Context: I'm trying to understand the use of variational autoencoders as generators. My understanding:

  • During training, for an input point $x_i$ we want to learn latent $\mu_i$ and $\sigma_i$ and then sample $z_i \sim N(\mu_i, \sigma_i)$ and feed it to the decoder to get a reconstruction $\hat{x}_i = \text{decode}(z_i)$.
  • But we can't do back propagation with sampling operator, so instead we reparametrize and use $z_i = \mu_i + \sigma_i \epsilon$ where $\epsilon \sim N(0, 1)$. Our reconstruction becomes $\hat{x}_i = \text{decode}(\mu_i + \sigma_i \epsilon)$.

However when we're done with training and ready to use it as generator, we sample $z \sim N(0, 1)$ and feed it to decoder: $x_{sample} = \text{decode}(z)$ .

The part that confuse me is that during training, the decode operation was done using $\mu_i + \sigma_i \epsilon$ which to my understanding this is using $N(\mu_i, \sigma_i)$ with different $\mu_i$ and $\sigma_i$ for each training example. However during the generation time, the decode operation is done (effectively) on $\epsilon$ alone from $N(0, 1)$. Why are we setting $\mu = 0$ and $\sigma = 1$ during generation (i.e. using $z = 0 + 1 \cdot \epsilon$)?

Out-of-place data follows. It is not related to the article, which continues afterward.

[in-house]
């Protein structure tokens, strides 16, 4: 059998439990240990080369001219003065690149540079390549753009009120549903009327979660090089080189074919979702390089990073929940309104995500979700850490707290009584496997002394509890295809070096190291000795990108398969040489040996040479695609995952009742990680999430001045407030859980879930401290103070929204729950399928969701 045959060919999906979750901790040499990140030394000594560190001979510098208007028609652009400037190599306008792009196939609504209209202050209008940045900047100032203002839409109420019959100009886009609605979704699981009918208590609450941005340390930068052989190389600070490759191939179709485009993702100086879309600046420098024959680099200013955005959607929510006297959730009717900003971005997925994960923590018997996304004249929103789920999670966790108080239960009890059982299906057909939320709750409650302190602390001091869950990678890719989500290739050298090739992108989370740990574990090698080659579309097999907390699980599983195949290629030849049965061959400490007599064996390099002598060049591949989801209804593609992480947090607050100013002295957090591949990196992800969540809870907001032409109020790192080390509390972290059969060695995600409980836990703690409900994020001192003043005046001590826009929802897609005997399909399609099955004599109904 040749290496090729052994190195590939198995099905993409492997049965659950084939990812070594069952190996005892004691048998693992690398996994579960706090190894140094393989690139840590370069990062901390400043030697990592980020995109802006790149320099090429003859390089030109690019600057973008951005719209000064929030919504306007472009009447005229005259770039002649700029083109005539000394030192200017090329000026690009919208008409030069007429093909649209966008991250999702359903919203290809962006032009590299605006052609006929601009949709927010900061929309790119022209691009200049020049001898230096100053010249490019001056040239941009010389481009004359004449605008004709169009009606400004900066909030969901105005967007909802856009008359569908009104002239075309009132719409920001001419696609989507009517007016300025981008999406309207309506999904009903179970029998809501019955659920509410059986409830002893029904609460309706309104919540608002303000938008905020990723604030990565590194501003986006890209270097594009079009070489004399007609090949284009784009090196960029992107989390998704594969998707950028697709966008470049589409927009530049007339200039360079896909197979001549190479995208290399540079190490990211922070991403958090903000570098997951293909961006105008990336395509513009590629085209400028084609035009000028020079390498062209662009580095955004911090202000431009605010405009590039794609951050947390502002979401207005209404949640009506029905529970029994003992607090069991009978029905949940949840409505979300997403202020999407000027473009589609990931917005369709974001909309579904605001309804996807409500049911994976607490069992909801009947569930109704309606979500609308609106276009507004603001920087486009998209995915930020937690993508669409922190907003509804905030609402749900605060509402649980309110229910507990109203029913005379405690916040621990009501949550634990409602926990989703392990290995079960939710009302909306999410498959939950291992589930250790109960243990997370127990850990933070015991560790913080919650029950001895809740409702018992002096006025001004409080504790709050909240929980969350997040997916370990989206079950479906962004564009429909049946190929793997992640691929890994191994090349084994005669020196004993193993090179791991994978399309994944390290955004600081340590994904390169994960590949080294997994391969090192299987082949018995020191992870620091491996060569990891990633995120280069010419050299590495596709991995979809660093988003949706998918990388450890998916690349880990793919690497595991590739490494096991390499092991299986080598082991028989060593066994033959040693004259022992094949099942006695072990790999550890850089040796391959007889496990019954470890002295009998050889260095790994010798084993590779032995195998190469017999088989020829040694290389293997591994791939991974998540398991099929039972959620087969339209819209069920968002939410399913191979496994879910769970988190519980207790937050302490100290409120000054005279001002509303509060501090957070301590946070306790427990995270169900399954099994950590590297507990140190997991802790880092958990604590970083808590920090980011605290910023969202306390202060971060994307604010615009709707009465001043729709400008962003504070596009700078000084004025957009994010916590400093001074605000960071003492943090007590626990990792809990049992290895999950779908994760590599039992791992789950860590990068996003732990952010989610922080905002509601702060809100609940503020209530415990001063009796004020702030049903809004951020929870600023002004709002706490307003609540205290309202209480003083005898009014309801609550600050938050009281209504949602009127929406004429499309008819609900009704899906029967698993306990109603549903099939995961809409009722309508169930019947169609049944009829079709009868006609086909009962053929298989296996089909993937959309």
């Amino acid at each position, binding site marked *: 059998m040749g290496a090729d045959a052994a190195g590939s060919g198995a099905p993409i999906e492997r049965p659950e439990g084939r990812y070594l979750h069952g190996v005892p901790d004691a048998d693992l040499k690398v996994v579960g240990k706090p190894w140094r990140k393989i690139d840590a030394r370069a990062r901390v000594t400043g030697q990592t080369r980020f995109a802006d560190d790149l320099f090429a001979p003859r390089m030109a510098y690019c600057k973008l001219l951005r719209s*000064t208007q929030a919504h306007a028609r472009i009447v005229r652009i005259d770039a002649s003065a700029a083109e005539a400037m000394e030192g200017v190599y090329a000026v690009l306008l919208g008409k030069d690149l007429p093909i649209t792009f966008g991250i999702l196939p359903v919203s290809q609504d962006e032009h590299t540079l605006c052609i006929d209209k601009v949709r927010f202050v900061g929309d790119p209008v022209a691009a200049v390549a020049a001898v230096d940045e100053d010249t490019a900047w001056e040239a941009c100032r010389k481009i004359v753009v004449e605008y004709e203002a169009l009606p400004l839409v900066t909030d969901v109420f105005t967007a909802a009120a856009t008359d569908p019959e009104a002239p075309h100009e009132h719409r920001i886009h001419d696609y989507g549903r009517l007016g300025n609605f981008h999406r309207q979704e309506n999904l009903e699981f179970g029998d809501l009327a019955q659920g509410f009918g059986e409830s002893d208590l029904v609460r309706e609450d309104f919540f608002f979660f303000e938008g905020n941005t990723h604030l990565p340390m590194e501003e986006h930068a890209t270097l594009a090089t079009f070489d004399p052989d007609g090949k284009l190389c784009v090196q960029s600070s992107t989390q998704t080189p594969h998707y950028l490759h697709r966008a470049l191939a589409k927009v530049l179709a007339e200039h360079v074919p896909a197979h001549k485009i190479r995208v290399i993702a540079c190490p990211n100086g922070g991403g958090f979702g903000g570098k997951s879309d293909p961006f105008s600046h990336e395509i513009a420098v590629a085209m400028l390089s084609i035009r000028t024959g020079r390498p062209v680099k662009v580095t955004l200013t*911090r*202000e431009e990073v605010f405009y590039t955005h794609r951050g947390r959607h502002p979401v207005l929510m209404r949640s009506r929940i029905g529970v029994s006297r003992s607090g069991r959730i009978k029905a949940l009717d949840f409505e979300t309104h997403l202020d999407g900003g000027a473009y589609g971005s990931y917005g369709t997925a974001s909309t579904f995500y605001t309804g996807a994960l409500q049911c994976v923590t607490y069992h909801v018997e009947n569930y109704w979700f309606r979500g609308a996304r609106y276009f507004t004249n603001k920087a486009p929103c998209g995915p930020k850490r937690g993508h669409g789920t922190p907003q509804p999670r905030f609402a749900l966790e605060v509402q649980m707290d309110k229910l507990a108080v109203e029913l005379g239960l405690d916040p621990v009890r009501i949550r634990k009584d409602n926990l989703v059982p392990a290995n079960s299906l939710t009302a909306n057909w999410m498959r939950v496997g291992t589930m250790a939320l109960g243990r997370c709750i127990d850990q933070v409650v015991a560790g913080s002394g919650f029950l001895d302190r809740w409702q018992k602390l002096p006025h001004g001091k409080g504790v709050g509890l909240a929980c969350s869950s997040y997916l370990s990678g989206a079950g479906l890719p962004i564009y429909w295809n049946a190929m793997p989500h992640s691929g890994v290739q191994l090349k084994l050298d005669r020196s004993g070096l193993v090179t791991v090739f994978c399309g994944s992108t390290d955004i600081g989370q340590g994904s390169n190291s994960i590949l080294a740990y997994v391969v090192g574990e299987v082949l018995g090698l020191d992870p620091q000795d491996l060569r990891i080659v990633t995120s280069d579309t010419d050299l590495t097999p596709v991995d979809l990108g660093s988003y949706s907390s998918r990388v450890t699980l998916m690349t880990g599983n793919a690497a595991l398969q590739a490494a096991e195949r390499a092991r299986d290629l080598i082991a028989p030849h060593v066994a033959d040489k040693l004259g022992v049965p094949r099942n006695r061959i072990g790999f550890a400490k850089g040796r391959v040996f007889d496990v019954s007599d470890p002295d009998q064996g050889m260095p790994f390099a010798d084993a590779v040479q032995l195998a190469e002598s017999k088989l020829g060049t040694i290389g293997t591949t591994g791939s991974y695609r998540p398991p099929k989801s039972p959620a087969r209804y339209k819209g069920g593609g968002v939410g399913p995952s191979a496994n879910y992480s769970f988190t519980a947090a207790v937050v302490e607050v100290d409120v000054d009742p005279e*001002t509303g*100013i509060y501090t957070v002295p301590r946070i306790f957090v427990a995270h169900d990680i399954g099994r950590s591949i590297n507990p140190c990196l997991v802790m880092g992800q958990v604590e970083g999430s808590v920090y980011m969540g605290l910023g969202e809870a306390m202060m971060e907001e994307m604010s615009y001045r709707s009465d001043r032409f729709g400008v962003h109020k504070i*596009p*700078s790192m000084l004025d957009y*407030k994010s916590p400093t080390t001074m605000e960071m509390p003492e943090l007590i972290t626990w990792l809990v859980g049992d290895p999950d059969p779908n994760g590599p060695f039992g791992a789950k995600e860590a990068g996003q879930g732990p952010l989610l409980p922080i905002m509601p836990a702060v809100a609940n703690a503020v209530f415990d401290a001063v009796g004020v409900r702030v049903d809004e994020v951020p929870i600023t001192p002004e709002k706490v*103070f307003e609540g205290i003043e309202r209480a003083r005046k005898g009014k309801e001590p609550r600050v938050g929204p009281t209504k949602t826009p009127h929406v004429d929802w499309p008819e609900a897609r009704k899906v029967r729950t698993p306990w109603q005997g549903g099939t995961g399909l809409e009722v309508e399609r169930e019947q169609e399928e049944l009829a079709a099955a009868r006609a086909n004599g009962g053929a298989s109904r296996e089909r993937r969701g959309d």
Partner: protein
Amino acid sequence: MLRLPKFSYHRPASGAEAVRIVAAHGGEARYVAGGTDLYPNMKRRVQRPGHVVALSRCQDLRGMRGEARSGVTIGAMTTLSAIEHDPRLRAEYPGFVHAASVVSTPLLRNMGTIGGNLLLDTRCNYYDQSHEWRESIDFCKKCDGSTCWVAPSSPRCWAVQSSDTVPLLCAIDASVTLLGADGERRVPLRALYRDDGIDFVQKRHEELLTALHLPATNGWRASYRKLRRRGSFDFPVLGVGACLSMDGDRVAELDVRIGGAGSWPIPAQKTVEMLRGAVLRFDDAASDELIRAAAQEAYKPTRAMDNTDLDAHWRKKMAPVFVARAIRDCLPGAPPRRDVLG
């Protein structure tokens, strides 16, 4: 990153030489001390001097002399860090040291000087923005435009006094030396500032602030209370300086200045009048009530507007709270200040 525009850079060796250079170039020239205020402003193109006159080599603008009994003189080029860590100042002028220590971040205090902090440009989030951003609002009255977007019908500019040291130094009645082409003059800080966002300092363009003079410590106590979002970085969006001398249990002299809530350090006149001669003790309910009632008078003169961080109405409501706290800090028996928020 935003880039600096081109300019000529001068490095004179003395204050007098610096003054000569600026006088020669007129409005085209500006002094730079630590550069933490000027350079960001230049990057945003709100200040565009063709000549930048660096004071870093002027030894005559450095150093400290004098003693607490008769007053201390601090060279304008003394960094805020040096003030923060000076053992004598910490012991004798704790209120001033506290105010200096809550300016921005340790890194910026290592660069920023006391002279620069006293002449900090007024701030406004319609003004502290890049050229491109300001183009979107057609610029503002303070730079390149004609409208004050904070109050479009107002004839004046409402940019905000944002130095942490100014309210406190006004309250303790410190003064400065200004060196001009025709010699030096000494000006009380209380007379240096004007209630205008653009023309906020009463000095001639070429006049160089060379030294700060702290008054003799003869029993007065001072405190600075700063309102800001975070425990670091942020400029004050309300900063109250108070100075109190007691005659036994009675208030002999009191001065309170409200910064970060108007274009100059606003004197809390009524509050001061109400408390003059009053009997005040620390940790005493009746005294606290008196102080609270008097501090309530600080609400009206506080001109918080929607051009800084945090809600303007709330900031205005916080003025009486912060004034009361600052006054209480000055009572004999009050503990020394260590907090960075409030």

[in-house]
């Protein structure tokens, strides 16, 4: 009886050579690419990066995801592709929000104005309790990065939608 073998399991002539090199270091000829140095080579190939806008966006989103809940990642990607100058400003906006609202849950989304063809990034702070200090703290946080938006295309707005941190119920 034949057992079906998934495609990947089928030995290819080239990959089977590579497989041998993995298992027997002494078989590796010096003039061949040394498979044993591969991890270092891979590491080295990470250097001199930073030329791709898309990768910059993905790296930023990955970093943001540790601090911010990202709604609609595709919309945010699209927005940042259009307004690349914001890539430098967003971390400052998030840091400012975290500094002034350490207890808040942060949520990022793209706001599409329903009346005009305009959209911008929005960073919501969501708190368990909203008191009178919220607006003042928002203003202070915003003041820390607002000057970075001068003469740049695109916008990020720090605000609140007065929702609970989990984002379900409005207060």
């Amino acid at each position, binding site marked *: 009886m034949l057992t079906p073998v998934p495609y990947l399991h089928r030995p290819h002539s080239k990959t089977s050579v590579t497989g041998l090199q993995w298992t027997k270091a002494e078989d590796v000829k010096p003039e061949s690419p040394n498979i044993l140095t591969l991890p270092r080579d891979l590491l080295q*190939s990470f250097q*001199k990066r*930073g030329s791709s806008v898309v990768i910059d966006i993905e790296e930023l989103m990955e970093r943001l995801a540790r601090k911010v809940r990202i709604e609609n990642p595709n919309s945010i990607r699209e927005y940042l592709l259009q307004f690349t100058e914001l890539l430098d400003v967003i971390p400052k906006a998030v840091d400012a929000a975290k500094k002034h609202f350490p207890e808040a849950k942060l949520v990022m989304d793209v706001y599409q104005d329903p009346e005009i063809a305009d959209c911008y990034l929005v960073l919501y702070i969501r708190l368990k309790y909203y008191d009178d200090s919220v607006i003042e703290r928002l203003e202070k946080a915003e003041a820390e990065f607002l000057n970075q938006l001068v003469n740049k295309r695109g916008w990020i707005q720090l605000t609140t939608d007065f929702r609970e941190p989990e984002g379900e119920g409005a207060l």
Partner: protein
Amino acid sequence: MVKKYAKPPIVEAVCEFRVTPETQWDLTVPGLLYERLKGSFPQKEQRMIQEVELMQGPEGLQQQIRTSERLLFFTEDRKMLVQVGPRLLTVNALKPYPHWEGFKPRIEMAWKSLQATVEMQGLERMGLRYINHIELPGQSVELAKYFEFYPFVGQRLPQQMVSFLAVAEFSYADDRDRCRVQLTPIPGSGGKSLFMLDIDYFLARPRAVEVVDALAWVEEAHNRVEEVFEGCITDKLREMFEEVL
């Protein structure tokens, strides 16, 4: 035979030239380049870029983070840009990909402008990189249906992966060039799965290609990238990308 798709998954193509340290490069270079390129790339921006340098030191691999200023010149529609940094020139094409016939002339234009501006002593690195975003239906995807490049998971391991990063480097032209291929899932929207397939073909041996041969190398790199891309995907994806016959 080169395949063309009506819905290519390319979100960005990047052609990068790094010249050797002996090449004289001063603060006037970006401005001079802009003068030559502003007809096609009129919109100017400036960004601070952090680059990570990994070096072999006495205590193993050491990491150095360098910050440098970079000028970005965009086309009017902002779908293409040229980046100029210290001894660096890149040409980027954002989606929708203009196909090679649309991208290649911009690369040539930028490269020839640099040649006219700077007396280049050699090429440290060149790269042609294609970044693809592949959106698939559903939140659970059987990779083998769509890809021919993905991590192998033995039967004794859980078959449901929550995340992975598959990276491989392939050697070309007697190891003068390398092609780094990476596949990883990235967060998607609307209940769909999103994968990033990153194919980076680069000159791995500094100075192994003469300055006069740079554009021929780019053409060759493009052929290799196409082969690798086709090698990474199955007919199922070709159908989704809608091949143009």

1 Answer 1


During training, we are drawing $z \sim P(z|x)$, and then decoding with $\hat x = g(z)$.

During generation, we are drawing $z \sim P(z)$, and then decoding $x = g(z)$.

So this answers your question: during generation, we want to generate samples from the prior distribution of latent codes, whereas during training, we are drawing samples from the posterior distribution, because we are trying to reconstruct a specific datapoint.


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